//the robot to disk.
    //backend.DoStateLogging_LinearPath(0,"test_state.path");
  }
  return 0;
}
The CMakeLists.txt file for this example would be the following:
CMAKE_MINIMUM_REQUIRED(VERSION 2.6)
SET(KLAMPT_ROOT [Put the path to the Klampt folder here])
SET (CMAKE_MODULE_PATH "${KLAMPT_ROOT}/CMakeModules")
FIND_PACKAGE(Klampt REQUIRED) 
ADD_DEFINITIONS(${KLAMPT_DEFINITIONS})
INCLUDE_DIRECTORIES(${KLAMPT_INCLUDE_DIRS})
ADD_EXECUTABLE(MyApp main.cpp)
TARGET_LINK_LIBRARIES(MyApp ${KLAMPT_LIBRARIES})

Where you specify the Klamp't path in the first line.

Build your file using

cmake .
make

And test it using

./MyApp [Path to Klampt]/data/athlete_fractal_1.xml

If you would like to visualize the path that the robot took, you may save it to a LinearPath by uncommenting the line beginning in backend.DoStateLogging... Recompile, run the simulation, and then run it through RobotPose.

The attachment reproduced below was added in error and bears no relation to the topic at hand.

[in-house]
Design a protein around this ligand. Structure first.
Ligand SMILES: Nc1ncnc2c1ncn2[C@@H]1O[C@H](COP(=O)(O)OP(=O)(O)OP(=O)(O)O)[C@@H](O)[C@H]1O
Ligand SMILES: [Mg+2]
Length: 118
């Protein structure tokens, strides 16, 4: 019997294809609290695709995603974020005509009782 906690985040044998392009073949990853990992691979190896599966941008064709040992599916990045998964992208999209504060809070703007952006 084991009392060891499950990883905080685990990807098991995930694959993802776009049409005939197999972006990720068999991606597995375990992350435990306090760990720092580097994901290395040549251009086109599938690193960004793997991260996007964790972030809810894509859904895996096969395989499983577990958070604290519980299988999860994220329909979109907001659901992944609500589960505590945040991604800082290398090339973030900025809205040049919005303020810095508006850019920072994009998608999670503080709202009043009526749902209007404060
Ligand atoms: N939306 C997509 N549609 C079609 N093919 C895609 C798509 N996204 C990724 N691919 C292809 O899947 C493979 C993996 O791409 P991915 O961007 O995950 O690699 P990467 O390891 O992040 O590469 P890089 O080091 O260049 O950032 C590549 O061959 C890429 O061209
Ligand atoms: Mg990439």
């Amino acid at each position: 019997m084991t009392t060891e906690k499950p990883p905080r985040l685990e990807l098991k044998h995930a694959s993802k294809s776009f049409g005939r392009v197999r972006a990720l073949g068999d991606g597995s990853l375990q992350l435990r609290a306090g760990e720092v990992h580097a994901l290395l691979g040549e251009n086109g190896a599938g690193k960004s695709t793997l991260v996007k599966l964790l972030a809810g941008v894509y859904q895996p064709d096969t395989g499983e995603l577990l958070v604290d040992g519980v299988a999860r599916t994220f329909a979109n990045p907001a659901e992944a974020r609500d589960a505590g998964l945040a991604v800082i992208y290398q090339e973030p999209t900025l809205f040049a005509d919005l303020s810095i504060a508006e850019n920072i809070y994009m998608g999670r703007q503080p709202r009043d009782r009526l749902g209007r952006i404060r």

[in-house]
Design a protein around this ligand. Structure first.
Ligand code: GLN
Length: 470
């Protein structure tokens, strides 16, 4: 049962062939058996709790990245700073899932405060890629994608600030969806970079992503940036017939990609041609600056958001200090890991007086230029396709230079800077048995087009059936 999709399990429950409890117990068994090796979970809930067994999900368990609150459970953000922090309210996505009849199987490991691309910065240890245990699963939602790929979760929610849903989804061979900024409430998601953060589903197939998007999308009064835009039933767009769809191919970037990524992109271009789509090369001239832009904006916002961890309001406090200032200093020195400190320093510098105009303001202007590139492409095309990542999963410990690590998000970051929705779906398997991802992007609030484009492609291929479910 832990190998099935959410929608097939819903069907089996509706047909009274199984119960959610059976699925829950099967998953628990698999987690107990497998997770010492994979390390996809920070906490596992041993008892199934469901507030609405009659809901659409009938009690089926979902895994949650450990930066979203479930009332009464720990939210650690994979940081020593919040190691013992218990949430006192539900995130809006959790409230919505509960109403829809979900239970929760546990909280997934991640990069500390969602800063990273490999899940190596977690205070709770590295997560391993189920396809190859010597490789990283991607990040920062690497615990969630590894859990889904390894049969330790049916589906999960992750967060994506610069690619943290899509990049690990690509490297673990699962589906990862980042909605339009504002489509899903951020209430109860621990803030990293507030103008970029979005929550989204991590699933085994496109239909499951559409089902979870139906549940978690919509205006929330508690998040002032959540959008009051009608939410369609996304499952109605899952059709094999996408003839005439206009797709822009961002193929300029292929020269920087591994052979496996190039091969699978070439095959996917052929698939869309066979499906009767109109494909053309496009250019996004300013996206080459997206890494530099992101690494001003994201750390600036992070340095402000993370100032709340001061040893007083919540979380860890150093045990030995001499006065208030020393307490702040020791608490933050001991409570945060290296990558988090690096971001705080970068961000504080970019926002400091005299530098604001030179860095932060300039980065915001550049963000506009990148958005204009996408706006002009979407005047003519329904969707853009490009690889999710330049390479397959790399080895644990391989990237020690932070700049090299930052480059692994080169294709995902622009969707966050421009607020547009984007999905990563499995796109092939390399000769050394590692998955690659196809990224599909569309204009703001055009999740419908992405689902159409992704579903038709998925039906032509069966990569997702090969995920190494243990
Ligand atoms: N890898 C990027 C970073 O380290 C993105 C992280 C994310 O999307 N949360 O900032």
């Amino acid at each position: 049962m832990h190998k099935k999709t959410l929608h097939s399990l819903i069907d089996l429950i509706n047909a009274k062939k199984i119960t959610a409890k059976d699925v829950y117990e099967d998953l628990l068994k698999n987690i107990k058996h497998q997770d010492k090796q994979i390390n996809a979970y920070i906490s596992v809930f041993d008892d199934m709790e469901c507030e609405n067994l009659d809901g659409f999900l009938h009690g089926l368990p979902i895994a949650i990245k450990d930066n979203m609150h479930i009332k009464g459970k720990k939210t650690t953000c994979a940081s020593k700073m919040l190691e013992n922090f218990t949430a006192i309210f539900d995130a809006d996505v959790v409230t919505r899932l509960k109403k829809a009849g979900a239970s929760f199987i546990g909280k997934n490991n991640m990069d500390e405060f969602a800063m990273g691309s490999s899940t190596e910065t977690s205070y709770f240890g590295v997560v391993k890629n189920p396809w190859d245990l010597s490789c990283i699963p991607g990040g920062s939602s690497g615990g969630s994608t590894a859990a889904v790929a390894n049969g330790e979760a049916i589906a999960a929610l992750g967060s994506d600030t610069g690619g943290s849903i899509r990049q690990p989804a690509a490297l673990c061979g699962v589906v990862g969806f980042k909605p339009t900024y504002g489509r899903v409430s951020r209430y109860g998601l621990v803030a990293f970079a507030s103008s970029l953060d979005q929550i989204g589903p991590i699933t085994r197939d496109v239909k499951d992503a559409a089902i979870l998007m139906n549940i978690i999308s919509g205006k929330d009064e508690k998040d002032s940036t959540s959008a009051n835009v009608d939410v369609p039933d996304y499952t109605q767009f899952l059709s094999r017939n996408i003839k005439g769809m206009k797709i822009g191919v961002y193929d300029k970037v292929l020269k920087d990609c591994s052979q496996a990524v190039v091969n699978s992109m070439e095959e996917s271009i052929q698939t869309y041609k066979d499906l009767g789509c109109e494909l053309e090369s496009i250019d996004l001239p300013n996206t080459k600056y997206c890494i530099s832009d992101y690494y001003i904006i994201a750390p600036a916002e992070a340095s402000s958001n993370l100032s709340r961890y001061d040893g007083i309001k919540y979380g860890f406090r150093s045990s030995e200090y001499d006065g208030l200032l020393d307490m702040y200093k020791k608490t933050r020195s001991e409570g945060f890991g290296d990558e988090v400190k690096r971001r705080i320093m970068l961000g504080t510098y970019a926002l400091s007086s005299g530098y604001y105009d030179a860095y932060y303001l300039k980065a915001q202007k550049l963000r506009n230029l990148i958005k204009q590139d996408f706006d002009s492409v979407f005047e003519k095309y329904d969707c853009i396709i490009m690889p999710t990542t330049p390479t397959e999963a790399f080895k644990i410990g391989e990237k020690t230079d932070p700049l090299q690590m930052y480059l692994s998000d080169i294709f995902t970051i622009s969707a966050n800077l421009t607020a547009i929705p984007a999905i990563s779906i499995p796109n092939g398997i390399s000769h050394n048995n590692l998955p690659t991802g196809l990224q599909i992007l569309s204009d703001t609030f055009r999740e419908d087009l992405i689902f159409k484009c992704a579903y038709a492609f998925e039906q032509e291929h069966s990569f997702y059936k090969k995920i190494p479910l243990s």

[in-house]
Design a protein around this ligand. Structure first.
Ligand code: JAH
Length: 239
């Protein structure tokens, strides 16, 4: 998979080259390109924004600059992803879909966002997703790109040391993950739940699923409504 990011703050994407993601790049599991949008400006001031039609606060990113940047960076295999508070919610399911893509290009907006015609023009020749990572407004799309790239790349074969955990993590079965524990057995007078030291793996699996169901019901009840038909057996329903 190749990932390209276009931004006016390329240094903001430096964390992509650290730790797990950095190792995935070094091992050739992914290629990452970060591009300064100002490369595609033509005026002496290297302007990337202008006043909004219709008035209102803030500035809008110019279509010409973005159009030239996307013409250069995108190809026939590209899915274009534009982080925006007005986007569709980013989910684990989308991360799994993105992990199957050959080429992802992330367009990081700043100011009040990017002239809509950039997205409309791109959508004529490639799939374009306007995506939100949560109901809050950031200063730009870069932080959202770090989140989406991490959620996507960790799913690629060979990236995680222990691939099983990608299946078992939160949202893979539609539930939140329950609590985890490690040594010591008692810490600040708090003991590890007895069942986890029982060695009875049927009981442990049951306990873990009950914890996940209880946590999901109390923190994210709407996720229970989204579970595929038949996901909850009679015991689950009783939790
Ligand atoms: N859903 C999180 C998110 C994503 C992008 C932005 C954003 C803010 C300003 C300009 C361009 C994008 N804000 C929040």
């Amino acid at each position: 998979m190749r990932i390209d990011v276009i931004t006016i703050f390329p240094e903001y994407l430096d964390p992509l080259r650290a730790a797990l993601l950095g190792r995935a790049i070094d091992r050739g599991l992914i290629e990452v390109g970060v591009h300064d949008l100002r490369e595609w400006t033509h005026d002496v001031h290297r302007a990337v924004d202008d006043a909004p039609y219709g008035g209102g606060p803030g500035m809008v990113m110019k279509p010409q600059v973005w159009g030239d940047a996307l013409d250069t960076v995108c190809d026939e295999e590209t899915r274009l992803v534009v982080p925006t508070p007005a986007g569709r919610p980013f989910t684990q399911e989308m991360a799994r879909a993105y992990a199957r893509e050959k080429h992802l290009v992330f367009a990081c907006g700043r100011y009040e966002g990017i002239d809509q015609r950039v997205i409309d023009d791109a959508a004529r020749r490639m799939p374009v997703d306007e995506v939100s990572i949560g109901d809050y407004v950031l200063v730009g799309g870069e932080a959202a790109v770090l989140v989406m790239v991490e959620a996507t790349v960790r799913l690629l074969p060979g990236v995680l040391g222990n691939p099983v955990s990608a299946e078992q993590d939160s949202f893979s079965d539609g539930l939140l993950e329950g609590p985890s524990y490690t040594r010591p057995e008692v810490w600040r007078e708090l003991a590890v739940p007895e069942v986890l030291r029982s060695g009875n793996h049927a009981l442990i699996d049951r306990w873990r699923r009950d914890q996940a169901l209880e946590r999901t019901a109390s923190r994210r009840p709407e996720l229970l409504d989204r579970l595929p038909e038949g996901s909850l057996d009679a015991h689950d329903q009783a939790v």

[Path to Klampt]/RobotPose [Path to Klampt]/data/athlete_fractal_1.xml test_state.path

Clicking on the test_state resource and pressing play, you will see the simulation state of the robot sliding partway down the hill.

Note: an alternate way of visualizing the simulation would be to use a GUI system. The simplest way of doing this would be to use GLUI and duplicate the structure of Klampt/Main/simtest.cpp. To implement user-chosen forces or a custom control loop, you should create a subclass of SimTestGUI and overload the virtual function SimTestGUI::OnCommand(const string& cmd,const string& args). When you get a cmd called "advance", implement your control loop and then call return SimTestGUI::OnCommand("advance",args). You can also see the custom controller tutorial for more details.

Sending milestones to the controller

By default, a robot is set up with a polynomial trajectory controller, which stores and executes a smooth interpolating path between keyframes. (See the documentation of PolynomialPathController in Klampt/Control/PathController.h for details.) The preferred, most extensible way of communicating with a robot's controller is with the SendCommand() function, which defines a string-based interface for accepting commands. For example, we can make the robot move its leg pitch (link 7) up after 2 seconds by adding the following lines at the location marked by ** add control code here **: